Nestled between Station North and Remington, the historic neighborhood of Old Goucher is on the brink of a renaissance. In recent years, it’s seen a lot of action—a bid for Amazon HQ2, Sophomore Coffee, Co_Lab Books, and Lane Harlan’s new beer garden. But there’s one 12,000-square-foot building on the corner of 23rd and St. Paul that has been trying to make a name for itself in this rising community.
The James E. Hooper House was erected in 1886 for its namesake when he was the president and general manager of William E. Hooper and Sons, one of the largest cotton mills in Baltimore. Hooper House, as it’s affectionately known, has been on the National Historic Register since 1982 and is now a hub of creativity.
Besides the character that comes from the antique architecture of the building—it still has some of the original molding, staircases, and floors—this hub is currently home to 12 tenants including a cartographer, bike repairman, and a host of other artists and musicians.
Musician Reggie Love inside Morphius Records with sound engineer Martin Guderle. -E. Brady Robinson
Though it’s thriving today, the catalyst for creative minds started back in 2001 when David Andler of Morphius Records, a local music producer and musician, purchased the building and began to map out his vision to provide a place for artists of all types to have a cooperative arts workspace. He set up a recording studio in the bottom floor and began to seek out tenants who shared his vision.
“It’s the most central place in the city,” Andler said of Hooper House. “The building is five blocks away from the heart of the city. We felt like our customers—everyone from punk rock kids coming in from the suburbs to hip-hop and Baltimore club artist who live in West Baltimore—appreciate the location because it is perfect and central to everyone.”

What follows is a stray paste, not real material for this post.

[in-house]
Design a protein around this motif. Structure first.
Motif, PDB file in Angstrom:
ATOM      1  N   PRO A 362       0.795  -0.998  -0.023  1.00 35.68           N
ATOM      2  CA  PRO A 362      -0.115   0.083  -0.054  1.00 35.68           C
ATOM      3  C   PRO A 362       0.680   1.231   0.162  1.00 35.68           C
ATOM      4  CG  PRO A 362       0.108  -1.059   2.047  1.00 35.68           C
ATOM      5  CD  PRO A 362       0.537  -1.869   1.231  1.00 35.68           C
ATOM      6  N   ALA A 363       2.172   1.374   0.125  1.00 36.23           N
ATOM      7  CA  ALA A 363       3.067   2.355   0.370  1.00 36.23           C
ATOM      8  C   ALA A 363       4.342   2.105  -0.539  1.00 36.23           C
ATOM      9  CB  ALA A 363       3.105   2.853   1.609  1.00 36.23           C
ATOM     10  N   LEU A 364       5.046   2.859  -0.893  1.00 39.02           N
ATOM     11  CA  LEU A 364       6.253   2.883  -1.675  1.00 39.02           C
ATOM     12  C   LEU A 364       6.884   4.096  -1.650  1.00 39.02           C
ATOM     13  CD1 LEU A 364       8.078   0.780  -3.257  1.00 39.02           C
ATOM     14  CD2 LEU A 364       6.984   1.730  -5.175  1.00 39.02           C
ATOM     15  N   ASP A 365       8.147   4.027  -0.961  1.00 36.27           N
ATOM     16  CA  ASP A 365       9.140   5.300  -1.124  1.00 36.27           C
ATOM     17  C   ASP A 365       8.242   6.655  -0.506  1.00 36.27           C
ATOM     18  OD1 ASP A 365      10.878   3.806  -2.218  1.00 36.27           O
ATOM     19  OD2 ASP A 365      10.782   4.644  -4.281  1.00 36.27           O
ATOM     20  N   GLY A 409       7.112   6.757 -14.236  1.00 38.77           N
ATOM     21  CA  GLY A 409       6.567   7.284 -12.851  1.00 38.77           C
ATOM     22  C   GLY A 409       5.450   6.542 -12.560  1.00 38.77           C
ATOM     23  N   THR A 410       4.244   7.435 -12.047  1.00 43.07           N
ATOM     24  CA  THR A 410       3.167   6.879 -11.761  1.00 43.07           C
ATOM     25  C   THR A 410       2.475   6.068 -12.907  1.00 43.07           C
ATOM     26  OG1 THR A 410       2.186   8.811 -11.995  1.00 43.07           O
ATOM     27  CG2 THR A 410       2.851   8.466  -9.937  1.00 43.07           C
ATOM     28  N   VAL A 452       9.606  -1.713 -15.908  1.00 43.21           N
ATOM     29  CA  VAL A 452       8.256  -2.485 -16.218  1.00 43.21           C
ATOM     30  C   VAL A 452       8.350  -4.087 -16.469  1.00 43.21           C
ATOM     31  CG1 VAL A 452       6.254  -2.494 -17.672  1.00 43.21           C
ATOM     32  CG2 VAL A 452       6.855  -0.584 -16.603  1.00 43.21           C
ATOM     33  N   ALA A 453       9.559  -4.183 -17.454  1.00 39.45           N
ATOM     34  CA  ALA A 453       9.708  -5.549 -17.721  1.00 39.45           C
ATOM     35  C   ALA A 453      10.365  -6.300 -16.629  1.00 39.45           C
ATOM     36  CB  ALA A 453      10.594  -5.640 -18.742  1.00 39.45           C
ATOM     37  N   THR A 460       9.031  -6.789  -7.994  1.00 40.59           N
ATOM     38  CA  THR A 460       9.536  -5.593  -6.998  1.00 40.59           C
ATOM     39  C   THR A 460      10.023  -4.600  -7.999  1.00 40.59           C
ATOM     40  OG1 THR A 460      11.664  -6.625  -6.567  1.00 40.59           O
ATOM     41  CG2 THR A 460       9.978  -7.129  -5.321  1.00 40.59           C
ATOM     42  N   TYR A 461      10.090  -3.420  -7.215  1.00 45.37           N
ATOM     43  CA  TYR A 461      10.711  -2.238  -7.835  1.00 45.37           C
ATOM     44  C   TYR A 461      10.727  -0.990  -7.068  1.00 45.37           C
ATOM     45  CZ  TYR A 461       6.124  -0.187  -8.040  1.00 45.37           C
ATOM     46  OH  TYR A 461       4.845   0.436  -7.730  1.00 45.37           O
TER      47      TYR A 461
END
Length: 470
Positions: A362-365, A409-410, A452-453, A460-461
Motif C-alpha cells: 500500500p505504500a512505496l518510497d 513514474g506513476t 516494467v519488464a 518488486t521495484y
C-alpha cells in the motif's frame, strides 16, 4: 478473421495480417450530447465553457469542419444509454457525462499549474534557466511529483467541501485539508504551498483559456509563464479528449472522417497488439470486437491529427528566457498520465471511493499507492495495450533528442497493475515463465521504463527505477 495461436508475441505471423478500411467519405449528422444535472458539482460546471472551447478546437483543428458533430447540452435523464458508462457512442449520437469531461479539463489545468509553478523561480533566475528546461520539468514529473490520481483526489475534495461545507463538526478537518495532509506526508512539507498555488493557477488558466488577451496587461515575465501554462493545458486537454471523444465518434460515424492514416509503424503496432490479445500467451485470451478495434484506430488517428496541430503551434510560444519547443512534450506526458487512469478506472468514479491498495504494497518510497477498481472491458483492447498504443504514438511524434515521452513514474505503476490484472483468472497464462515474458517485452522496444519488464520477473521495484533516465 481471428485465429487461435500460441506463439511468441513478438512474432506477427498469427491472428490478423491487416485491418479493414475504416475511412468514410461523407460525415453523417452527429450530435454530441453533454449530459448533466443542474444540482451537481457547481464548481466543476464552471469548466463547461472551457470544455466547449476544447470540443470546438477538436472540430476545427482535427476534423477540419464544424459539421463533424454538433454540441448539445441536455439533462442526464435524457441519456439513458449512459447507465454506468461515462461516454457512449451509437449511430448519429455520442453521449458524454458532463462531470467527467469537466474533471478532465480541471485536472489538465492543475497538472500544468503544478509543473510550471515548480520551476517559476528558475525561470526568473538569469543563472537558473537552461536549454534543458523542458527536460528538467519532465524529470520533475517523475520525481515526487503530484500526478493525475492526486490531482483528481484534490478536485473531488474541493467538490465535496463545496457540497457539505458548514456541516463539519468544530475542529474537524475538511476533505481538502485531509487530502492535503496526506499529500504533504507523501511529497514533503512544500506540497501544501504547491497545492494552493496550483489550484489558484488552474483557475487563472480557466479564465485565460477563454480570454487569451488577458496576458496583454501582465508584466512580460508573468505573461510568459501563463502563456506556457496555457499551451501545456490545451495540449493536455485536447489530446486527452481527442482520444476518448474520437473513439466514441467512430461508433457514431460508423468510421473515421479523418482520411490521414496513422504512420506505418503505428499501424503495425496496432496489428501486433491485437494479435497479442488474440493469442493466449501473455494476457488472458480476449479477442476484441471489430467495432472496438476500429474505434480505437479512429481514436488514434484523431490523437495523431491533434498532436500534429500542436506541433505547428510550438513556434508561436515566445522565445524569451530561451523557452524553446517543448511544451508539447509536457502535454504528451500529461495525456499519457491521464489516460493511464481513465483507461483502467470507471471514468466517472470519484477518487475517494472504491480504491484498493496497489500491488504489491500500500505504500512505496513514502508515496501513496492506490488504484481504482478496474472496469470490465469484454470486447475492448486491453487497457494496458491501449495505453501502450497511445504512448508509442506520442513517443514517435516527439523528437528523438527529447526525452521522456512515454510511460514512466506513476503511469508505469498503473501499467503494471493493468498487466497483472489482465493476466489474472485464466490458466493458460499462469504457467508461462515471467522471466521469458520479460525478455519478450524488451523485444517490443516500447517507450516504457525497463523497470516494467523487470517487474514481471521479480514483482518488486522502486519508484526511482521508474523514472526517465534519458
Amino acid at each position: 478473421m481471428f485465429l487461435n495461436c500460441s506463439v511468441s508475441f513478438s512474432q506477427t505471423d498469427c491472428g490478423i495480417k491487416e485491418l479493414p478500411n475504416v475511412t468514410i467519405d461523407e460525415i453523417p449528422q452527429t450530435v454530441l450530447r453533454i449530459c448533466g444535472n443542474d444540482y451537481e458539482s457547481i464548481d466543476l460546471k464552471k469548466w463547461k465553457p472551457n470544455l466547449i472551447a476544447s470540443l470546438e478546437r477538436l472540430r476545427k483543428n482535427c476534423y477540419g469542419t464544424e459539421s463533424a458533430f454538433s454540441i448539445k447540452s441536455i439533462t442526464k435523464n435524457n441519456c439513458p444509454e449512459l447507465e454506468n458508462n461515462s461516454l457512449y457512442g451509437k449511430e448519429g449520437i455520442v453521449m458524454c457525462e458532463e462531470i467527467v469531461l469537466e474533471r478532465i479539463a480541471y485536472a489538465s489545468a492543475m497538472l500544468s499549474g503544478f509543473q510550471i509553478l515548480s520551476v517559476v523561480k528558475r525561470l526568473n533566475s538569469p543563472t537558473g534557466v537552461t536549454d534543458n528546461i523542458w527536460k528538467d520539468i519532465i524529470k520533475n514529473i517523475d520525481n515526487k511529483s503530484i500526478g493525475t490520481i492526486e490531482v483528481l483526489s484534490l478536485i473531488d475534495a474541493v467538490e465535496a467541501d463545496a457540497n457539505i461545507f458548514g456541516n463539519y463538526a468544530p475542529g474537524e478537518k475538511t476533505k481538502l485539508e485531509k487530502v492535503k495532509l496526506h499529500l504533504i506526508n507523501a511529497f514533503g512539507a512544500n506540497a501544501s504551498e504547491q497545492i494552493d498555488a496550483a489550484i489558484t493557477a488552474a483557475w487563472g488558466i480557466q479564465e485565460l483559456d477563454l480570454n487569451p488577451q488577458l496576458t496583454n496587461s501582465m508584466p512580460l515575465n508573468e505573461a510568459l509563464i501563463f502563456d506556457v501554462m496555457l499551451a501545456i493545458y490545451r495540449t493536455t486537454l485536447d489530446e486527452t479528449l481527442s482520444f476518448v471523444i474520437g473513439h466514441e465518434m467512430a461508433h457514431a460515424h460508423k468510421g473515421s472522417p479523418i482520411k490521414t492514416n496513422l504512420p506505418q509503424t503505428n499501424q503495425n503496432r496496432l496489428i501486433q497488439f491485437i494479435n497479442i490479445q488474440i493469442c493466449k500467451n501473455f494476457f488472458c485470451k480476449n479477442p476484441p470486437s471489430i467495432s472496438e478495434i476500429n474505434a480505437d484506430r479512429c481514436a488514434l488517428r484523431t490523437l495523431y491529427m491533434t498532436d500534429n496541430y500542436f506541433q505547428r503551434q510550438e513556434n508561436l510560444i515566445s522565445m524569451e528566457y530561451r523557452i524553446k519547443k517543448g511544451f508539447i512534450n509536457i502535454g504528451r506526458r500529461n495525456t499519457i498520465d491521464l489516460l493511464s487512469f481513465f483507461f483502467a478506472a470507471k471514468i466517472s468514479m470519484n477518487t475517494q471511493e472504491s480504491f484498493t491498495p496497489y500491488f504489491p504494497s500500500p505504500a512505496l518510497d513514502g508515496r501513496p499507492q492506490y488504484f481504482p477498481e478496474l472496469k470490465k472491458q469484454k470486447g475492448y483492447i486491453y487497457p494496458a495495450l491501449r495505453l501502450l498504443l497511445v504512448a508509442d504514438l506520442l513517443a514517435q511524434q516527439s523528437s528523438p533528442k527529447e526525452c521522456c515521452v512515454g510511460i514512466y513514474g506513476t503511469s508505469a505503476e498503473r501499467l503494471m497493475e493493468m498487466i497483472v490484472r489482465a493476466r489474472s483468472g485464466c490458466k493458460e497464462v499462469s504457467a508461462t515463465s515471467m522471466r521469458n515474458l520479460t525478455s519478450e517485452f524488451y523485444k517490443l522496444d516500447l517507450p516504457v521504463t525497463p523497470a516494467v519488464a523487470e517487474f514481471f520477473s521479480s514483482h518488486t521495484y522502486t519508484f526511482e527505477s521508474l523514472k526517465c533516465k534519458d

Cartographer Victor Miranda -E. Brady Robinson
Andler, who is still a tenant, sold the building to Matt Oppenheim and his business partner Mick Mier in July 2018, hoping that the essence of the space remained the same once it changed hands.
“When Matt came in to look at the building, he had a really radical vision of what he wanted to do and I liked it,” Andler said. “I felt that it was really consistent with what we were trying to do.”
Matthew Oppenheim and Mick Mier -E. Brady Robinson
Oppenheim, who has a degree in architecture and a few businesses in Washington, D.C., fell in love with the Hooper House and Old Goucher’s charm. He said that he wanted to create something unique and that this was the perfect place to do it.
“This is my second project in Baltimore, and I can’t do something like this in D.C.,” he said. “Down there, a lot of the projects we do, you can only make it work one way because it’s so expensive, whereas Hooper House offered the opportunity to work with local creatives and really build a community and do the whole urban archeology process.”
Hooper House tenant Tommy Barse of Cutlass Velo bike shop was just a bike messenger who frequented the building when Oppenheim approached him about housing his business there. Barse creates custom wheels, handles bike repairs, and offers a wheel building class in his newly acquired space.
“The atmosphere is really motivational when we start discussing our vision and work ethic applied to our businesses,” he said. “I work alone so a little personal interaction can help refresh me if I'm between service, wheel builds, or answering emails.”
Tommy Barse inside Cutlass Velo -E. Brady Robinson
The location was also a big motivator in Barse’s decision. He says the close proximity to the center of the city, highways, and parks make the Old Goucher neighborhood perfect for his business.
“The idea of being around other small businesses in a cool space was appealing as well as being able to create a small space that works well for me,” he said. “The neighborhood is pretty cool and is gaining traction. It helps having Brown Rice a stone's throw away too.”
Kelly Cross, the president of the Old Goucher Community Association, believes that the growth of Hooper House will help push Old Goucher to the forefront of the city’s creative hubs.
“We began an initiative three years ago to become a center for art, restaurants, and small independent business,” Cross said. “We will see over 30 new restaurants, bars, and small independent businesses opening in Old Goucher by the end of 2020. We are definitely on the rise.”